2018 was a difficult year for endangered Southern Resident killer whales.

The population lost Crewser, an adult male, and Scarlet, a young female. When another calf died — so soon after its birth that it was never included in the official population count — its mother carried its body for 17 days, capturing headlines around the world.

But just a few weeks ago, there was good news. Researchers had spotted a new calf. They designated the baby orca L124 and nicknamed it “Lucky.”

I was thinking of Lucky last week, when I filed Ecojustice’s final written arguments for the National Energy Board’s (NEB) reconsideration of the Trans Mountain pipeline project.

If completed, the project would send an influx of tanker traffic through critical habitat for Lucky and its fellow Southern Residents.

More tankers would mean more underwater noise, a hazard for whales that rely on echolocation to navigate, hunt and communicate. It would also pose a physical threat. A vessel strike that kills even one whale could have population-level consequences. And an oil spill would be, in the government and NEB’s own words, “potentially catastrophic.”

On top of this, the Southern Residents are already struggling to survive existing threats, including an extreme shortage of their main food source, Chinook salmon.

A new chapter in the fight against the Trans Mountain pipeline project

Ecojustice won a major legal victory in 2018 when the Federal Court of Appeal struck down Cabinet’s approval of the Trans Mountain Expansion Project. Unfortunately, this wasn’t the end of the story.

Soon after the decision, the federal government announced two processes: New consultations with Indigenous peoples and a new NEB “reconsideration” of the project’s marine shipping impacts.

On behalf of Raincoast Conservation Foundation and Living Oceans Society, Ecojustice filed final written arguments for the NEB reconsideration on Jan. 22.

In our arguments, we told the NEB that Southern Residents already face imminent threats to their survival. Given that the status quo is already unsustainable, we wrote, the population doesn’t have the resilience to cope with more vessel traffic from the Trans Mountain project.

Ecojustice also made it clear that the law requires mitigation measures to address threats to the Southern Residents and prevent harm to the whales, destruction of critical habitat, and extinction.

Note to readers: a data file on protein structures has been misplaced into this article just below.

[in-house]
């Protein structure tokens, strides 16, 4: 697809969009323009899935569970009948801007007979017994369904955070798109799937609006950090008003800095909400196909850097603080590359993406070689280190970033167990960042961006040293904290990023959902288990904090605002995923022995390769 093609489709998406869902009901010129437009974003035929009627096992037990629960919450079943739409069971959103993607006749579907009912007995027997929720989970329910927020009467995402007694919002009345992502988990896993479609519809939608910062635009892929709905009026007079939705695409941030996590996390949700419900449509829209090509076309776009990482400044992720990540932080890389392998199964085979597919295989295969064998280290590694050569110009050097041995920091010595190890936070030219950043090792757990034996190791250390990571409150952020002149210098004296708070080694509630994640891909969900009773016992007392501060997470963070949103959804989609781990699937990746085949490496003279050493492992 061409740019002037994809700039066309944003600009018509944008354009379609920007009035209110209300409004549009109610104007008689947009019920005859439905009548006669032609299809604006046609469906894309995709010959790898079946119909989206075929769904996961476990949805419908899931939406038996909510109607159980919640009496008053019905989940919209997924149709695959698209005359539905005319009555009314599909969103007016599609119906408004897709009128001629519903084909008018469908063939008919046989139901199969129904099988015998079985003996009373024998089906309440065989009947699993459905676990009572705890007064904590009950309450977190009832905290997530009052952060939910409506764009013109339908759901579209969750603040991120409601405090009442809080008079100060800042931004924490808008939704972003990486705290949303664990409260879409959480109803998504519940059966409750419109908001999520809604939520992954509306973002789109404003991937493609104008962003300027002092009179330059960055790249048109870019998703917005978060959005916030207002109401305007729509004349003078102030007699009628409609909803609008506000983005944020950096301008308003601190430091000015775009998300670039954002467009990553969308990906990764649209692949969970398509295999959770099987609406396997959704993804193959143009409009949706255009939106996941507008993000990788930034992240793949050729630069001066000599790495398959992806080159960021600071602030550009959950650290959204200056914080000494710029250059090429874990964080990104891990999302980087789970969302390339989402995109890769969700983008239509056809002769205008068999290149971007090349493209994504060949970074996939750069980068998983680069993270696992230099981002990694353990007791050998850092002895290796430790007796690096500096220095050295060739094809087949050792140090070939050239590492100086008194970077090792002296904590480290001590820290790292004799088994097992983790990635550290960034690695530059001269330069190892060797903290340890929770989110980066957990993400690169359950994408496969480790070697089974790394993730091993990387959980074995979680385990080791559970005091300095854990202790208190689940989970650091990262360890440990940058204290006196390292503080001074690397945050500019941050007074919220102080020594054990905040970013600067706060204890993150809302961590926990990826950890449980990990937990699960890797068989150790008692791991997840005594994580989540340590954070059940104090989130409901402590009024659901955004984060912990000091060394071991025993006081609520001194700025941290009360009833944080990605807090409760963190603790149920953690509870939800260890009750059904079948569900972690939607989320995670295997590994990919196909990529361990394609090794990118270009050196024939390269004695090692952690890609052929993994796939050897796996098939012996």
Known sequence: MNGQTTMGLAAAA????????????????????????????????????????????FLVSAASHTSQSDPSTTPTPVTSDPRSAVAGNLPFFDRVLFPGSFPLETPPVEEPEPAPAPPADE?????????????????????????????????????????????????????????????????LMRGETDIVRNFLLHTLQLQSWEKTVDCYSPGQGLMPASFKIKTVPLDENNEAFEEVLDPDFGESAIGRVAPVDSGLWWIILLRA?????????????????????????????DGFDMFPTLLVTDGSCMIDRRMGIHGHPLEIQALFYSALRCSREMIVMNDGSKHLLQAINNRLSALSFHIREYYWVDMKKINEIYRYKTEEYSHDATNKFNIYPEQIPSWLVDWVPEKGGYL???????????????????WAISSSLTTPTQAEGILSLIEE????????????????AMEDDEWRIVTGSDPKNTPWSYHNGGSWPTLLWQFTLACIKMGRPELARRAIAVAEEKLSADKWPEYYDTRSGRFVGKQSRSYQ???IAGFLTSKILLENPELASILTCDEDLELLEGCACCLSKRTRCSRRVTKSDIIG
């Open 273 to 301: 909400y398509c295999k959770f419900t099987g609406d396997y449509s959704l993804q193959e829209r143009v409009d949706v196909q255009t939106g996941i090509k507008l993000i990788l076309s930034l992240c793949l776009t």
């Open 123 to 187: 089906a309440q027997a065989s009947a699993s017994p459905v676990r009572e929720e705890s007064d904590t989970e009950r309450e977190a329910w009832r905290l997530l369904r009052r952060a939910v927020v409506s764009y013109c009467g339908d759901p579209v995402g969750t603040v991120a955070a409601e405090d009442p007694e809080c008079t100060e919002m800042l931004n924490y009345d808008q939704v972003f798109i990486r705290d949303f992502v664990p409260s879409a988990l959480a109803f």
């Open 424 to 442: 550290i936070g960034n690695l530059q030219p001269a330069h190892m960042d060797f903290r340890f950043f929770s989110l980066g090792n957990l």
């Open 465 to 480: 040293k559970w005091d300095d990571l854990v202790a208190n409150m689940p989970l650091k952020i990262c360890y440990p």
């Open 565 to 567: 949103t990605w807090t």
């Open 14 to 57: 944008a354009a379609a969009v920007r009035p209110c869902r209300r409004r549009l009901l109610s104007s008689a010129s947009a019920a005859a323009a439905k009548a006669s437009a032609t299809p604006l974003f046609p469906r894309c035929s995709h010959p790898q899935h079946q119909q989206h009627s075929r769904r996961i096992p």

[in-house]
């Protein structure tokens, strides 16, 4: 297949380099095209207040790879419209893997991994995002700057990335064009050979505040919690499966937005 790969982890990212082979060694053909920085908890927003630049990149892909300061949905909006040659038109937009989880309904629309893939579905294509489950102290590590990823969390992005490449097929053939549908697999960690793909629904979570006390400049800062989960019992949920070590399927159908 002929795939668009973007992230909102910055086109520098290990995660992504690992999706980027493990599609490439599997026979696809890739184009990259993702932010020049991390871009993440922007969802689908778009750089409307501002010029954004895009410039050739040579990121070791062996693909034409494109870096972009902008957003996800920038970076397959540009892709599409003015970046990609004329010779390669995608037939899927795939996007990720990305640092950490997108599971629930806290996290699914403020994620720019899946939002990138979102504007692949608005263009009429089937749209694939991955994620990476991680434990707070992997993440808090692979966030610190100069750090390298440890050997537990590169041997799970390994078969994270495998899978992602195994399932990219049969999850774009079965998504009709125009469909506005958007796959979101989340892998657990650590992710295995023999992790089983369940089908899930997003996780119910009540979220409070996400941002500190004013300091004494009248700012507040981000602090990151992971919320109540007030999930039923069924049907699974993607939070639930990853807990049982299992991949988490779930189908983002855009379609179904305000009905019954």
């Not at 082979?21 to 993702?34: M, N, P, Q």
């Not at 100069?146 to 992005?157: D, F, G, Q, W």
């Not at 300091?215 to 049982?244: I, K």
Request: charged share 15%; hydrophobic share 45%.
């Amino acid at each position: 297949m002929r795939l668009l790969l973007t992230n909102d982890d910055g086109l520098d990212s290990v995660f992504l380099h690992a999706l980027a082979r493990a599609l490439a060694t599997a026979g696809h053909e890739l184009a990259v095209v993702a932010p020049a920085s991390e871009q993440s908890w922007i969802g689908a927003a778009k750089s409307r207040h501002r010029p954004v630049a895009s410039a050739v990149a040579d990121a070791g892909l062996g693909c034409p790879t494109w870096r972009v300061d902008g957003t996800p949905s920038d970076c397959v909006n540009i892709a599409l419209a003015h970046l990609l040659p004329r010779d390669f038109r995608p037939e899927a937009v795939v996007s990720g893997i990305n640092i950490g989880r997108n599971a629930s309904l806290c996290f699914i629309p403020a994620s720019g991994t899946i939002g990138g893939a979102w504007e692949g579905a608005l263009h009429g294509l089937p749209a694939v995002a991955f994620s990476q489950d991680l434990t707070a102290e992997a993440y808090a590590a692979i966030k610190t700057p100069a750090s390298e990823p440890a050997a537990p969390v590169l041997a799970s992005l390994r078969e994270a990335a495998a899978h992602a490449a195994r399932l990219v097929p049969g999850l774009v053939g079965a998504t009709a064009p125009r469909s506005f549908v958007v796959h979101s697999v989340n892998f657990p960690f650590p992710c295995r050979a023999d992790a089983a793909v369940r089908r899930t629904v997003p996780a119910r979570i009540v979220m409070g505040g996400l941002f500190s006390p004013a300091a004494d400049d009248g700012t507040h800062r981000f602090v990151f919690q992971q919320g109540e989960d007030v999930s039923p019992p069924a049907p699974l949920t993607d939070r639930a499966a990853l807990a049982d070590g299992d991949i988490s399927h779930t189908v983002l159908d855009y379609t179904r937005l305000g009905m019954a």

Rather than putting mandatory measures in place, however, Trans Mountain wants to base its approach on future research and voluntary actions — and the NEB has already suggested it will go along with that plan. This would be tantamount to conducting an experiment in real time on a critically endangered wildlife population that already cannot deal with existing threats. This is both legally and scientifically unacceptable.

Photo of L124, via Center For Whale Research

Photo of L124, via Center For Whale Research, WhaleResearch.com

What happens next

The NEB has until Feb. 22 to review arguments and come up with a new recommendation for whether or not Cabinet should approve the Trans Mountain project for a second time.

After that, Cabinet — which has already stated that it intends to get the project built — will have up to three months to make a formal new decision.

Between the unrealistically tight NEB timelines and signals that Cabinet has already made up its mind, it’s easy to feel as though the cards are stacked against the Southern Residents. But when I saw the first photos of Lucky, trailing its mother in the choppy waters of the Pacific, I was reminded of why it’s so important that we continue to fight for this iconic population’s future.

Here at Ecojustice, we know that we can’t count on luck alone to protect the newest Southern Resident. That’s why, with the help of supporters like you, we are committed to using the power of the law to stop the Trans Mountain pipeline.

For Lucky and the 74 other remaining Southern Residents, the future depends on it.

Photos of L124 (Lucky) via Center for Whale Research, WhaleResearch.com.